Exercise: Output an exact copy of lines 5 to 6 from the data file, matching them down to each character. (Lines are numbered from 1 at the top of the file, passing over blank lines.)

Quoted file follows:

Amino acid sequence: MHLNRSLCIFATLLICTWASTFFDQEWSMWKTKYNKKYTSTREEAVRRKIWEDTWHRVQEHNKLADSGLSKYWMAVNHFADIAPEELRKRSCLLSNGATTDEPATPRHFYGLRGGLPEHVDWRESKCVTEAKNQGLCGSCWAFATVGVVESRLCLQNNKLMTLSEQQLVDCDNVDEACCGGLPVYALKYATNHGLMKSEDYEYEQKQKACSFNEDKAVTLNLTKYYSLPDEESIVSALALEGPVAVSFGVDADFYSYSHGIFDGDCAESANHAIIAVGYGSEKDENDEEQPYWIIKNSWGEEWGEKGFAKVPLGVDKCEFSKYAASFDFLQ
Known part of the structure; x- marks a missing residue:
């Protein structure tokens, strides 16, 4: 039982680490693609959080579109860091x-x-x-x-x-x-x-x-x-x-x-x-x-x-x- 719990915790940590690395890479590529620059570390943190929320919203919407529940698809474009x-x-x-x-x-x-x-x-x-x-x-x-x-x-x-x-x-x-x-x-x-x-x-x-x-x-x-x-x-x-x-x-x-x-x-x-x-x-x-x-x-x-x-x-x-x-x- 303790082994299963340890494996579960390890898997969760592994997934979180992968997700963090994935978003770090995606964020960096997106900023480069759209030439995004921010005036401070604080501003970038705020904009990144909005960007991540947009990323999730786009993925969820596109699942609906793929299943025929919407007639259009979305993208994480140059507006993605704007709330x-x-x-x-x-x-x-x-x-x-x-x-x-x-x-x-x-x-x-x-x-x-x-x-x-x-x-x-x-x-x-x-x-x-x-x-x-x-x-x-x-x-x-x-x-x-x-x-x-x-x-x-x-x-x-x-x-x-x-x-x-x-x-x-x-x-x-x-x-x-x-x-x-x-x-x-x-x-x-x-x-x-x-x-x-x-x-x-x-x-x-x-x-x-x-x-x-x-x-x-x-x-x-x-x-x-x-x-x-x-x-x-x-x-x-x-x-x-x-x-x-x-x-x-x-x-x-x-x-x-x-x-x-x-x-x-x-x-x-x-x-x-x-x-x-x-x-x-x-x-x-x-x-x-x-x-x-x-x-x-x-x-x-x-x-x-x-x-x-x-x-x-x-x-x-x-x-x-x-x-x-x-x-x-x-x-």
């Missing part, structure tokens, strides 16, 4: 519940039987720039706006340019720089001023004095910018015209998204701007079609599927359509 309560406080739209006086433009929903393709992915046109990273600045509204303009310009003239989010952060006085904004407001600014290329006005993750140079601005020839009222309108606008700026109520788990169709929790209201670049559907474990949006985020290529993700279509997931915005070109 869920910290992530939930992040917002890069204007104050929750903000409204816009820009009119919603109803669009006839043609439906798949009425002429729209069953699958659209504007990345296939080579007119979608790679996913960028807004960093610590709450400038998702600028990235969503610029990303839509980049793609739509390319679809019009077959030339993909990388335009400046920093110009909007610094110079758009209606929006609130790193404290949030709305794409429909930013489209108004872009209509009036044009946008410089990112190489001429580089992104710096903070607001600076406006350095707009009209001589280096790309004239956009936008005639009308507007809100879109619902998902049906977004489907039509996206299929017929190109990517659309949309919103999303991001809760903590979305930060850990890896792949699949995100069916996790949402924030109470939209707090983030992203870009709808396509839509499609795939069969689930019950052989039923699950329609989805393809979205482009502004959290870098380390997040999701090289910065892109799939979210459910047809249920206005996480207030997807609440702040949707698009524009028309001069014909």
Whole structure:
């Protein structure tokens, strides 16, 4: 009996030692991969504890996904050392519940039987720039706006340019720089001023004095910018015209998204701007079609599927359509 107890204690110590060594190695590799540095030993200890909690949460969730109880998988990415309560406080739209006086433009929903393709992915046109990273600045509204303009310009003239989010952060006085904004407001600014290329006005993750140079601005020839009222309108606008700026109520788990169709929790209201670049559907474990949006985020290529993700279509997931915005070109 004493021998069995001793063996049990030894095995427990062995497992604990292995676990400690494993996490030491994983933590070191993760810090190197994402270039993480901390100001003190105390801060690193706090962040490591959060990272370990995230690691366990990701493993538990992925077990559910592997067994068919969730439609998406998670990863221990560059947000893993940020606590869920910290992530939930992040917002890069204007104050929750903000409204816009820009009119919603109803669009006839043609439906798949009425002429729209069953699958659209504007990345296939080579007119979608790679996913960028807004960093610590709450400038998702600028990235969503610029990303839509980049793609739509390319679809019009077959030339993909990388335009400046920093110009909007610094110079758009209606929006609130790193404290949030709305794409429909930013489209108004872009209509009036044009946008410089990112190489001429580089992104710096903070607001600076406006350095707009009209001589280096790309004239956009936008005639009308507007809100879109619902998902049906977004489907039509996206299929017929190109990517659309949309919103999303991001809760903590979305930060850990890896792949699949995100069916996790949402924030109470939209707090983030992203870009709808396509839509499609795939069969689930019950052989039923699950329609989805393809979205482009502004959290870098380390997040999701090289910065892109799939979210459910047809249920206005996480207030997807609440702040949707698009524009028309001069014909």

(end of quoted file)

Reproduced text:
Whole structure:
């Protein structure tokens, strides 16, 4: 009996030692991969504890996904050392519940039987720039706006340019720089001023004095910018015209998204701007079609599927359509 107890204690110590060594190695590799540095030993200890909690949460969730109880998988990415309560406080739209006086433009929903393709992915046109990273600045509204303009310009003239989010952060006085904004407001600014290329006005993750140079601005020839009222309108606008700026109520788990169709929790209201670049559907474990949006985020290529993700279509997931915005070109 004493021998069995001793063996049990030894095995427990062995497992604990292995676990400690494993996490030491994983933590070191993760810090190197994402270039993480901390100001003190105390801060690193706090962040490591959060990272370990995230690691366990990701493993538990992925077990559910592997067994068919969730439609998406998670990863221990560059947000893993940020606590869920910290992530939930992040917002890069204007104050929750903000409204816009820009009119919603109803669009006839043609439906798949009425002429729209069953699958659209504007990345296939080579007119979608790679996913960028807004960093610590709450400038998702600028990235969503610029990303839509980049793609739509390319679809019009077959030339993909990388335009400046920093110009909007610094110079758009209606929006609130790193404290949030709305794409429909930013489209108004872009209509009036044009946008410089990112190489001429580089992104710096903070607001600076406006350095707009009209001589280096790309004239956009936008005639009308507007809100879109619902998902049906977004489907039509996206299929017929190109990517659309949309919103999303991001809760903590979305930060850990890896792949699949995100069916996790949402924030109470939209707090983030992203870009709808396509839509499609795939069969689930019950052989039923699950329609989805393809979205482009502004959290870098380390997040999701090289910065892109799939979210459910047809249920206005996480207030997807609440702040949707698009524009028309001069014909």